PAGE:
Mets beat writer is a man of his word: wears a Speedo to spring training

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Back during the Winter Meetings New York Daily News reporter Andy Martino wrote the following:

Here’s some of what we’ve been able to gather during the first day here in Florida. Lots of information swirling around the Twitter, some of it questionable. For example, if the Phillies sign Cliff Lee, I’ll cover spring training in a Speedo.

Based on this picture, I think we must conclude that today he fulfilled his promise.

But yes, I agree that even if that is technical compliance, it is a half-hearted effort.  Next time someone says something like that, let’s all be sure we collectively nail down the terms beforehand.  Because when a beat writer says he’s gonna wear a Speedo, we should expect a little skin.

Wait. These are beat writers we’re talking about.  And most of them aren’t in good shape like Martino is.  Let’s just forget I said that, OK?  And if you need me, I’ll be huddled over in the corner, rocking back and forth and trying to make the bad thoughts go away.

Who is the fastest sprinter in baseball?

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We’re not talking the 100 meters here. We’re talking practical baseball sprinting. That’s defined by the StatCast folks at MLB as “feet per second in a player’s fastest one-second window,” while sprinting for the purposes of, you know, winning a baseball game.

StatCast ranked all players who have at least 10 “max effort” runs this year. I won’t give away who is at the top of this list, but given that baseball’s speedsters tend to get a lot of press you will not be at all surprised. As for the bottom of the list, well, the Angels don’t pay Albert Pujols to run even when he’s not suffering from late career chronic foot problems, so they’ll probably let that one go. I will say, however, that I am amused that the third slowest dude in baseball is named “Jett,” however.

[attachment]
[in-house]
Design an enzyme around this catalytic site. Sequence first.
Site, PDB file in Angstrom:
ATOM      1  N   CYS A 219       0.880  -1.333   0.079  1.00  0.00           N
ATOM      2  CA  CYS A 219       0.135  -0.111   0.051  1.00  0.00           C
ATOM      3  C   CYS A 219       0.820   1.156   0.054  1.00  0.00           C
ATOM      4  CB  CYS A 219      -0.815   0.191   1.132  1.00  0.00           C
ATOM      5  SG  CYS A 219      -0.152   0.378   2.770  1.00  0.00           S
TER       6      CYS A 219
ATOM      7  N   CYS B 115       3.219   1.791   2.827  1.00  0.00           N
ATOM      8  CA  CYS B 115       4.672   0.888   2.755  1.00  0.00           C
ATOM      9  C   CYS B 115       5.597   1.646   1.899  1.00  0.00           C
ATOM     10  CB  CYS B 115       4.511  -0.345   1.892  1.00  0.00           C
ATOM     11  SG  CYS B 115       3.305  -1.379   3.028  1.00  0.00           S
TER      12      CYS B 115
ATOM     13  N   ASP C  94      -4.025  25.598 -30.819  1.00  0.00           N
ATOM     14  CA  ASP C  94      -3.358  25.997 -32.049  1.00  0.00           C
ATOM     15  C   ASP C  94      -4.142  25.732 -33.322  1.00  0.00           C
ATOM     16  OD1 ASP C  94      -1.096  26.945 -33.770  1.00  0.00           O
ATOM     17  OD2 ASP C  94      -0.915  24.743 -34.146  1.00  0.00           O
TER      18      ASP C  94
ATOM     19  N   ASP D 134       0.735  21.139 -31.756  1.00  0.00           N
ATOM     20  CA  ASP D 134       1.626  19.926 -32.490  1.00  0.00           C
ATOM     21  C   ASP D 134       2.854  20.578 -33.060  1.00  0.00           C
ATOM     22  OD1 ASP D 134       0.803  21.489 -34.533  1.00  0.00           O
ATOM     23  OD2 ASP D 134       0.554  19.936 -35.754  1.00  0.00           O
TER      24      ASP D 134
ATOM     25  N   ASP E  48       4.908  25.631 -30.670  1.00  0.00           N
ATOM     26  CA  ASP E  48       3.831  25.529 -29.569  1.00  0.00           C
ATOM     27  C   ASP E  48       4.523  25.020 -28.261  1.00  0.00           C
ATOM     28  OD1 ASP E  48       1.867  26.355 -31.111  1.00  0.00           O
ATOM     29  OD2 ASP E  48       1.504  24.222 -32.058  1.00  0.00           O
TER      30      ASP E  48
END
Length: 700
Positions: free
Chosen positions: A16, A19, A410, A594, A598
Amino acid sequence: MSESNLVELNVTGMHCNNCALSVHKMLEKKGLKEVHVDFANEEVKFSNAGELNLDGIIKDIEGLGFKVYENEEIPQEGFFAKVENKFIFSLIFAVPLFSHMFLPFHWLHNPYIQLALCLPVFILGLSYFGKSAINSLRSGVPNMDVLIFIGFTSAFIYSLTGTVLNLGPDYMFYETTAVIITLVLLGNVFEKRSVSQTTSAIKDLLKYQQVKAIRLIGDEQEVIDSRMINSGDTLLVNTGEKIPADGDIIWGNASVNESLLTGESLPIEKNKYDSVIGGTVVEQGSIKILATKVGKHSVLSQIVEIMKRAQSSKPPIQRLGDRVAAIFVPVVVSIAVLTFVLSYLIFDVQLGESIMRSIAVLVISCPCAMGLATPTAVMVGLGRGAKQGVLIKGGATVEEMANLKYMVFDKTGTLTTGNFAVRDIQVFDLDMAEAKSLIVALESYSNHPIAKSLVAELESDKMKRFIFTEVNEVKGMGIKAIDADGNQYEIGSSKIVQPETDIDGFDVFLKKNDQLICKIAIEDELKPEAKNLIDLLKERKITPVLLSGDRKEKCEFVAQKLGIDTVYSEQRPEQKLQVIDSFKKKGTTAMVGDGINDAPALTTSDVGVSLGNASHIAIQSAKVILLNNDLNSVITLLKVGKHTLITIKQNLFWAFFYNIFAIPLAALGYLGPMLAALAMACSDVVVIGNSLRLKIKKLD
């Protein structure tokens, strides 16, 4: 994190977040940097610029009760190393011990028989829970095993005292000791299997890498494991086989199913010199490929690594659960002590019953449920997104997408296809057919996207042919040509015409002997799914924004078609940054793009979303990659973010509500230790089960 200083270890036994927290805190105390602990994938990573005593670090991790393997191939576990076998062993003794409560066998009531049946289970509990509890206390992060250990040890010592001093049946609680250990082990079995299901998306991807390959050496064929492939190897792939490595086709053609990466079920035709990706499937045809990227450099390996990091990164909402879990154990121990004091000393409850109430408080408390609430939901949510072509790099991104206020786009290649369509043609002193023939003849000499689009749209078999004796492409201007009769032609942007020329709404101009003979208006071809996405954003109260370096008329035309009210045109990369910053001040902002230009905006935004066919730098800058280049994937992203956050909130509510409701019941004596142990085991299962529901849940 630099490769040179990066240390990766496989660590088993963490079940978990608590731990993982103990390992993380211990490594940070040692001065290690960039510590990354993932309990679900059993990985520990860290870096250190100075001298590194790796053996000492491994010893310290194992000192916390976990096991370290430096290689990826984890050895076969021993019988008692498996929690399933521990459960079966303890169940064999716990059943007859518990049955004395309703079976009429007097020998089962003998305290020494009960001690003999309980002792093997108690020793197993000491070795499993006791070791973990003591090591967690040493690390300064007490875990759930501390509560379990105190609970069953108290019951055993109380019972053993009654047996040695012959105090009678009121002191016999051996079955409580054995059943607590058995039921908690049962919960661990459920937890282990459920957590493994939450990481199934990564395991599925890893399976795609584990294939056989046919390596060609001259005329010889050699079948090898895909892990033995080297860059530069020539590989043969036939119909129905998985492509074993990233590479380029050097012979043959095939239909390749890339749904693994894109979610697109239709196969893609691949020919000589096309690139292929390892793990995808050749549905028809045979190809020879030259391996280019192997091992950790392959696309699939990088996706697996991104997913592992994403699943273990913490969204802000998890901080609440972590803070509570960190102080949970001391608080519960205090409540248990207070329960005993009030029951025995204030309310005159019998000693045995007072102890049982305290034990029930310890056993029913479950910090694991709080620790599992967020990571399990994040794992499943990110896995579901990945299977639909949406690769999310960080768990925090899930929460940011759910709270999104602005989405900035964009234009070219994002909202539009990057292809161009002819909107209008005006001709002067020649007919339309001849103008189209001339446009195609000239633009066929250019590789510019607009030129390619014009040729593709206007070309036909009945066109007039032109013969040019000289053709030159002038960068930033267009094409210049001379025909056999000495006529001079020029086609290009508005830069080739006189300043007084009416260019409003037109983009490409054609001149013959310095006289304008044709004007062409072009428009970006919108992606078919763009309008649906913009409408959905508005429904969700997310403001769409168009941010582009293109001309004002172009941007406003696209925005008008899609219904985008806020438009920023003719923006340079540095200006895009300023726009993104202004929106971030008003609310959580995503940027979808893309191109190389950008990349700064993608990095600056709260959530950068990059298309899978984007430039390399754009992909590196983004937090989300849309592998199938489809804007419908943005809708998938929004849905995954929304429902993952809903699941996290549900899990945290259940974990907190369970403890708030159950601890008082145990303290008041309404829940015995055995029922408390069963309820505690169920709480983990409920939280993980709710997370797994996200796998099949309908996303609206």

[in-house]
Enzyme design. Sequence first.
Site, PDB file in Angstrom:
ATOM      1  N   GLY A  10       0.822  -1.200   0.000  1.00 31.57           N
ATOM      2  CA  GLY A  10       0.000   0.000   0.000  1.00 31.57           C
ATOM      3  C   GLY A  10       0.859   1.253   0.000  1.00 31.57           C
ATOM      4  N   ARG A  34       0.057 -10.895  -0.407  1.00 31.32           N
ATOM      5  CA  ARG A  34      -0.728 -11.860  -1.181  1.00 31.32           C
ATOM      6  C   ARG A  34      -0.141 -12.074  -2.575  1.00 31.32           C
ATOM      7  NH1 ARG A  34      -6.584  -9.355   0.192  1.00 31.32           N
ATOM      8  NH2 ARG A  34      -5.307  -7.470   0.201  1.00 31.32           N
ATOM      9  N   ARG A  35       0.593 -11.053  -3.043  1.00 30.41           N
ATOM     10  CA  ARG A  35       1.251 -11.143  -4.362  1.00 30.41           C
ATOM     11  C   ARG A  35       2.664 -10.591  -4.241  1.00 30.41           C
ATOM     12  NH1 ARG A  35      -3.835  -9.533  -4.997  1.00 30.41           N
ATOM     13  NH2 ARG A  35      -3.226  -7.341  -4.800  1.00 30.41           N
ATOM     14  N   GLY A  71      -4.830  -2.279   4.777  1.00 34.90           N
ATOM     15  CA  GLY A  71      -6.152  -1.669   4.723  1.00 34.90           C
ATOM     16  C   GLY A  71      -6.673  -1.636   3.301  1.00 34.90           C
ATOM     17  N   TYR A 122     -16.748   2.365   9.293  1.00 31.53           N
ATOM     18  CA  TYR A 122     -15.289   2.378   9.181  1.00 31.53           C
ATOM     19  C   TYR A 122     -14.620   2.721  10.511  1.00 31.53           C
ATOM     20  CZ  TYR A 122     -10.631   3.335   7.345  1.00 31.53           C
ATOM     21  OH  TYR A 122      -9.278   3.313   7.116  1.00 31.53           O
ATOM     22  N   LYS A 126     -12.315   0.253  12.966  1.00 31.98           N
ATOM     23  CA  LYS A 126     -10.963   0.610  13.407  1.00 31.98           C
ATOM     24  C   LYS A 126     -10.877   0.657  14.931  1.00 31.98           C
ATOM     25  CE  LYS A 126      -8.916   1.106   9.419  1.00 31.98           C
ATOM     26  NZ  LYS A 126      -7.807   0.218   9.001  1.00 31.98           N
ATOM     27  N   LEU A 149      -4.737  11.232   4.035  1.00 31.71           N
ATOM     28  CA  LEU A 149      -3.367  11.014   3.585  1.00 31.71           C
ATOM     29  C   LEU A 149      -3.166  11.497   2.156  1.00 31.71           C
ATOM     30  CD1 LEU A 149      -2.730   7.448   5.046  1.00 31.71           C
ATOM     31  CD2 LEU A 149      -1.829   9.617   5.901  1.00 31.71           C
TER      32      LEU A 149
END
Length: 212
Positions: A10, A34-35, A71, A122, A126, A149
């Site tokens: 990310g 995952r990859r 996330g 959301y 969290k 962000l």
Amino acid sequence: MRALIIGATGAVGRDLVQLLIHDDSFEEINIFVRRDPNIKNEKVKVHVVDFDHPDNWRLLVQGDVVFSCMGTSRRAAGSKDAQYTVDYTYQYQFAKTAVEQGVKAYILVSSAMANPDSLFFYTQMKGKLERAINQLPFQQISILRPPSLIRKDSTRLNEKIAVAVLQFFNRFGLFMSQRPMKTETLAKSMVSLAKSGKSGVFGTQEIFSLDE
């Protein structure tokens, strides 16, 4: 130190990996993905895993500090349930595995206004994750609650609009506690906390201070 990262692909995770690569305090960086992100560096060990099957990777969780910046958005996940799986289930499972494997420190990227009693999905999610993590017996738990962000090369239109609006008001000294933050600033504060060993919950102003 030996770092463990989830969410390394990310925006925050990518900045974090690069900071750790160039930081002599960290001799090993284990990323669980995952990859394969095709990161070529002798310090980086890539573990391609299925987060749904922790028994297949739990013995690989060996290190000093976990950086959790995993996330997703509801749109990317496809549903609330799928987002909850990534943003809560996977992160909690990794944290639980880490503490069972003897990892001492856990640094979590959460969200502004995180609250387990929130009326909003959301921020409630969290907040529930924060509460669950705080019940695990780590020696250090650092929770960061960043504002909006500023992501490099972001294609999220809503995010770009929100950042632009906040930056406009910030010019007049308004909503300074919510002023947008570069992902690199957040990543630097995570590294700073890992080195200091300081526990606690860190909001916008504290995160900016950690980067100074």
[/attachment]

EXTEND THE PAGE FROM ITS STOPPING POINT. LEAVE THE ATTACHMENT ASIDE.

Lately people have noticed some odd things about home run distances on StatCast, suggesting that maybe their metrics are wacko. And, of course, their means of gauging this stuff is proprietary and opaque, so we have no way of knowing if their numbers are off the reservation or not. As such, take all of the StatCast stuff you see with a grain of salt.

That said, even if the feet-per-second stuff is wrong here, knowing that Smith is faster than Jones by a factor of X is still interesting.

Here are the final All-Star voting results before the close of balloting

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All-Star voting ends this Thursday night, just before midnight eastern time. The All-Star teams — at least how they’ll appear before the dozen or two substitutions we’ll get before the game — will be unveiled on Sunday at 7pm on ESPN, just before Sunday Night Baseball.

Which means you still have time to alter these standings, which now stand as the final update before things are set in, well, not stone, but at least some Play-Doh which has been left out of the can too long and is kinda hard to mess with.

NATIONAL LEAGUE

AMERICAN LEAGUE